Dynon offers autopilot servos in several torque values. Since every airplane is different, a custom mount will be required. Jones made his from 0.050 aluminum sheet.
Using a piece of 0.050 aluminum sheet, I had the mounting bracket made and painted in about three hours. With the servo mounted, it was time to install the wiring. Using zip ties, I attached the old wiring inside the right wing to Dynon’s autopilot servo wiring. My wife slowly pulled the old wiring out from inside the cockpit as I fed the new harness into the wing. Have a good supply of zip ties on hand for this task.
Fabricating a mounting bracket for the AHRS was straightforward, but determining where to put it wasn’t. After reading the location criteria in the installation manual, speaking with technical services at Dynon, and consulting with an avionics technician, I positioned it in the aft section of the tail on the right side of the fuselage. The concern is keeping the AHRS away from electrical components and wiring that may influence its performance. Until the airplane was flown, the suitability of the AHRS location would remain an open question.
With the AHRS mounted, I installed the pitot-static tubing and OAT wiring. Take care that rudder cables and anything else that moves won’t rub against the tubing or wiring. Also make sure the pitot-static lines run smoothly with no sharp bends.
For accurate system operation, the AHRS must be mounted in an area free of electrical and magnetic interference. In the Glasair, this turned out to be the tail section.
A piece of advice: When installing any of the pre-made wiring harnesses, take your time. Give careful thought as to how the wires are routed. In two cases, the pre-made harnesses were too short. Harness length from the AHRS to the 10-inch display was one of them, as I had no idea where the AHRS would be located when ordering the harness. The other involved the CHT and EGT wiring for the engine cylinders on the right side of the engine. In each case, a simple phone call to Dynon fixed the problem.
EMS and Standby Battery
With everything removed from the instrument panel, I had great access forward of the panel. In front of the Garmin GPSMAP 496 cutout was a perfect place to mount the EMS control box and standby battery. A solid structure used to secure the left and right lower side panels was already in place. Putting the platform on top of this would place these two components close to the display and be high enough so that wiring would not be in the way when I got in and out of the airplane.
The Engine Management System module lives on a solid structure immediately behind the instrument panel, where it’s close to the main display. The system’s backup battery is also mounted here.
Fix This, Change That
This significant upgrade was done during the winter months by design. Weather in the Pacific Northwest is nasty during the winter and since I was retired, I could take my time. If I found something that needed attention or modification, this was the time to do it.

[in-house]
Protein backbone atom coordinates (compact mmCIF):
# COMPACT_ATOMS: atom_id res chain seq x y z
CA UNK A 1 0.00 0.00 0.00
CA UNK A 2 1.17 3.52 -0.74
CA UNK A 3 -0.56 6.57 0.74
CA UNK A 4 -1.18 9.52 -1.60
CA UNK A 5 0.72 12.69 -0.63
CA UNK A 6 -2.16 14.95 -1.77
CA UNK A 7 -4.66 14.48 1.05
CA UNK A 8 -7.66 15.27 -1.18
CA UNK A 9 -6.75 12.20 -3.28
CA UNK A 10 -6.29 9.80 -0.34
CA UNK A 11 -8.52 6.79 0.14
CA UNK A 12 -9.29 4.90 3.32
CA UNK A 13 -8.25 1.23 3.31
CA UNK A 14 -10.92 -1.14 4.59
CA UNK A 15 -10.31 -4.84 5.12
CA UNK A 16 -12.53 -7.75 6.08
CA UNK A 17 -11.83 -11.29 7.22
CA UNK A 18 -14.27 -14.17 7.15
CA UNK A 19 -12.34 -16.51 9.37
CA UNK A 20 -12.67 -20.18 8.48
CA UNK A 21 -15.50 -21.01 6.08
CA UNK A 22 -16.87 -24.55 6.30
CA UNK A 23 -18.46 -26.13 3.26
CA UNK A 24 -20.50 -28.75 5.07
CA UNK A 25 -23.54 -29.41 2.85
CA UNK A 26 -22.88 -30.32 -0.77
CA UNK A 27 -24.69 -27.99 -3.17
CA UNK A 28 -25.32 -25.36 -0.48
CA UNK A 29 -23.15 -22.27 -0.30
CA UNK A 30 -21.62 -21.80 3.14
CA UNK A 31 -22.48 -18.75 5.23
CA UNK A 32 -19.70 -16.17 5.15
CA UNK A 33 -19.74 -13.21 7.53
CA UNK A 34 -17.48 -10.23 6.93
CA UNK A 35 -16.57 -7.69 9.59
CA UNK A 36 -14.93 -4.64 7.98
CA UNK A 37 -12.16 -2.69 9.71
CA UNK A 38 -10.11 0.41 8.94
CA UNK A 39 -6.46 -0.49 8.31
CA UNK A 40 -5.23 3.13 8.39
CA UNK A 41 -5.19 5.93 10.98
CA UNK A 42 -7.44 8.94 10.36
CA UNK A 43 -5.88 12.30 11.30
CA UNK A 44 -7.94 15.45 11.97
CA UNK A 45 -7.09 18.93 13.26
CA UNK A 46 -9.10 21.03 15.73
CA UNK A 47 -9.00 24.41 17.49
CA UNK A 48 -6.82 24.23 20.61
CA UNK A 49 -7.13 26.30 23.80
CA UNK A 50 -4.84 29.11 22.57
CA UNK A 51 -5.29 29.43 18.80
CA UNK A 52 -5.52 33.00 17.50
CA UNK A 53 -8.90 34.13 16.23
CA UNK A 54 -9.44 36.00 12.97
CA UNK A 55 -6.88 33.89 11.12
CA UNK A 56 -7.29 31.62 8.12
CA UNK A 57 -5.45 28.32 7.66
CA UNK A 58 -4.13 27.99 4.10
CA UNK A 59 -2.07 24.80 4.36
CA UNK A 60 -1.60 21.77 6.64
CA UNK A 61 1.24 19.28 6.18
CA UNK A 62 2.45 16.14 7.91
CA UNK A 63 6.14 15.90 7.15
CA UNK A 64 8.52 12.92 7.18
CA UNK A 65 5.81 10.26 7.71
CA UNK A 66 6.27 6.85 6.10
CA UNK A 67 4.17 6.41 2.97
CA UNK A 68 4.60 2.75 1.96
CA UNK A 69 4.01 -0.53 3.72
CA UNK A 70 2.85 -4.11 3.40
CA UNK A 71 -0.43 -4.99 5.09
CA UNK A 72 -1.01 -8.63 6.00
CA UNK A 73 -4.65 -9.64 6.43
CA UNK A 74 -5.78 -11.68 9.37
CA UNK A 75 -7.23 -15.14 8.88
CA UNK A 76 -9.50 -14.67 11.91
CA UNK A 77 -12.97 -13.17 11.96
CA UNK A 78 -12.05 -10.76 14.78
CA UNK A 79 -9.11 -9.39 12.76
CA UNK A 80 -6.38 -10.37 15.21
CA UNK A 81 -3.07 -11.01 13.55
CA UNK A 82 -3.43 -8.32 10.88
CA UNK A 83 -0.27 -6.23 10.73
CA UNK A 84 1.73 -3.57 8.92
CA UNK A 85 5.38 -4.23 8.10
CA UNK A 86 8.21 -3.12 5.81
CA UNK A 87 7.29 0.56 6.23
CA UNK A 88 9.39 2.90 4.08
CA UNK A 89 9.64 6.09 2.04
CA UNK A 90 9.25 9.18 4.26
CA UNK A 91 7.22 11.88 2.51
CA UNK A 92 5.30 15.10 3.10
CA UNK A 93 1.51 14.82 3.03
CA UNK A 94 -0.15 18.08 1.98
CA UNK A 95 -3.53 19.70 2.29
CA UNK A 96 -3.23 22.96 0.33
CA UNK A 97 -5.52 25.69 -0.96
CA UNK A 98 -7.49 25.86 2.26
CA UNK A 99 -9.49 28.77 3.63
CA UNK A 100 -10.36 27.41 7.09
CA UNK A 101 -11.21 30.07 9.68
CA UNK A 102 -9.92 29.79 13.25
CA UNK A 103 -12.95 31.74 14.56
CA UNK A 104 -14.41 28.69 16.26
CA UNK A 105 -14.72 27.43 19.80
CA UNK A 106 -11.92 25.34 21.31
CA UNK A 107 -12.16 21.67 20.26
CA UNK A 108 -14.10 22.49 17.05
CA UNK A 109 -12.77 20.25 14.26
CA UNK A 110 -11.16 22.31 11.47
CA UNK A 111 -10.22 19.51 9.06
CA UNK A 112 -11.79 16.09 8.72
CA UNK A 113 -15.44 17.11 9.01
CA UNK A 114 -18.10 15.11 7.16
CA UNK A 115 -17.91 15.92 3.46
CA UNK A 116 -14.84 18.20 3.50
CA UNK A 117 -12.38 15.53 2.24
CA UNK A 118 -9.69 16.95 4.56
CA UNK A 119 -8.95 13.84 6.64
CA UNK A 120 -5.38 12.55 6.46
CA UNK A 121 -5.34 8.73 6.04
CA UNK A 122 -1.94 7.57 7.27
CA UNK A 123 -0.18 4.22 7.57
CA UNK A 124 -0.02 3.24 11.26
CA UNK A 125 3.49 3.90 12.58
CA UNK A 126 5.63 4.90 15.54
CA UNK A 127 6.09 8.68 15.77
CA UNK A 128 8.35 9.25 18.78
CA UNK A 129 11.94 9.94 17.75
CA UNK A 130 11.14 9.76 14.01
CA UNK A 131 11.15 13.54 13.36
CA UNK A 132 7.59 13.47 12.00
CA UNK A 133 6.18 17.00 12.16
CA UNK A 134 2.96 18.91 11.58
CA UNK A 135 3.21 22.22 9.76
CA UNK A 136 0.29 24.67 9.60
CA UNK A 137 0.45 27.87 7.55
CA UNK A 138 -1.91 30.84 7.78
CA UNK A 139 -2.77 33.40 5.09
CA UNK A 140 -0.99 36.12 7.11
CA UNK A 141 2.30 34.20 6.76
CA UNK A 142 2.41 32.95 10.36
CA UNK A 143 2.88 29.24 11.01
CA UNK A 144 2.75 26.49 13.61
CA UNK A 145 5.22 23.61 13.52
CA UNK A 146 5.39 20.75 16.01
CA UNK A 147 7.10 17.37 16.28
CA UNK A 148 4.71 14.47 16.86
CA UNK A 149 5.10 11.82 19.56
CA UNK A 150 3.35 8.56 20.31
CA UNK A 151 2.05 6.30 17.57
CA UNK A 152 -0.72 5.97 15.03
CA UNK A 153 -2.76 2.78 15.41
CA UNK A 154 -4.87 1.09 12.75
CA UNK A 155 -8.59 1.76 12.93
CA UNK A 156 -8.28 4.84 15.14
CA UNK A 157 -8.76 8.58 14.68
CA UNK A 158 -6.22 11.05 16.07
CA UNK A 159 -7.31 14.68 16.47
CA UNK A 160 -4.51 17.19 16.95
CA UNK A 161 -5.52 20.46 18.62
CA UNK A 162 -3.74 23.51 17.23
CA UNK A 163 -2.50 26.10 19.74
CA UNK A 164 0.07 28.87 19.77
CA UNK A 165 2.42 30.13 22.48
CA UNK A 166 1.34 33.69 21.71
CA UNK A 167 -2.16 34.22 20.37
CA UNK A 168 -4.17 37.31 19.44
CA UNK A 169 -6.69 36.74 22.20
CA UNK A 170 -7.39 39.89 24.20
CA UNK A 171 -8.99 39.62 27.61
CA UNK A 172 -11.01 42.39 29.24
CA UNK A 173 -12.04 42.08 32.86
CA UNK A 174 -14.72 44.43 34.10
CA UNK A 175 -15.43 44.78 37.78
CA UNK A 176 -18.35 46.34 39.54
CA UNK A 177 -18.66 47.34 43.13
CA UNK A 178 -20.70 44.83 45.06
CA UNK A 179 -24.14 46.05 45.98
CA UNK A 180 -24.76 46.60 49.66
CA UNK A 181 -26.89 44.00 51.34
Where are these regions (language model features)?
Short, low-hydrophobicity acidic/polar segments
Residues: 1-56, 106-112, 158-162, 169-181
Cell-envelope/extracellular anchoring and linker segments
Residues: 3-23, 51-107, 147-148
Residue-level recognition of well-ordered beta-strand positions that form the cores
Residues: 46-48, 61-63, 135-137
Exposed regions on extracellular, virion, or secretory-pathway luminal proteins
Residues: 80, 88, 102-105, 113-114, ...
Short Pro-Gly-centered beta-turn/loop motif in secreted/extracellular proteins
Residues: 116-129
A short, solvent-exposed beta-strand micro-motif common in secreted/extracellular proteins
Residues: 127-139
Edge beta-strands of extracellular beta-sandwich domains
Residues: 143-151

I discovered the left-brake master cylinder had a small leak, which I repaired. And I’ve always been disappointed in the size of the pockets in the inboard side panels, so I took the panels to a local upholstery shop and had them enlarged to hold WAC charts.
When grounding the engine monitoring sensors at the firewall, I noticed the wires were stacking up on the grounding posts. Adding two more posts to the grounding plane cleaned up that area and gave me extra grounding for future use. I had removed both gull-wing doors for easier ingress/egress during the work, so this was a great time to inspect the hinge pins.
I used the hole in the firewall vacated by the vacuum plumbing to accommodate the EGT, CHT, oil pressure and oil temperature sensors, and the fuel-flow transducer wiring. With one exception, this was straightforward. The exception? The quick-disconnect connectors for the CHT, EGT and fuel transducer were not compatible with Dynon’s connectors. When I informed Dynon, I was told engineering would look into a fix.
With everything mounted and wires routed and secured, it was time to have a professional finish the wiring. Some builders choose to do this themselves, but because of my limited electrical experience, I opted to hire someone with a lot of skill in this area. With my hard-earned dollars invested in this substantial upgrade, it would be terrible to see it go up in smoke. I hired Larry Reinecke from Northwest Airtech to finish what I was uncomfortable doing.
To add some redundancy to the system, he wired my Garmin 496 to the Dynon display and autopilot. With this, I would have the HSI display when using the 496, and the data from the 496 could be fed into Dynon’s autopilot. (Dynon’s autopilot servo does not support analog radios, only those with an RS232 digital output. My Bendix/King KX155 could not interface with the autopilot.)
Given the major instrumentation change and the fact my weight and balance was old, I did a reweigh. With the fuel drained and with oil in the engine, the empty weight came to 1321 pounds. The weight savings of converting to glass was about 15 pounds over the vacuum-gyro system.
Before the first flight, I spent a number of hours studying the manual for the SkyView and made several calls to Dynon support. Learning how to configure the display, arranging and deleting some of the EMS items, and configuring the autopilot servo take time and practice. Thinking back on my G1000 days at Cessna, I recalled that owners would use ground power units to power the aircraft’s systems while they learned the glass knobology. I kept the battery charger connected to my airplane during the learning phase.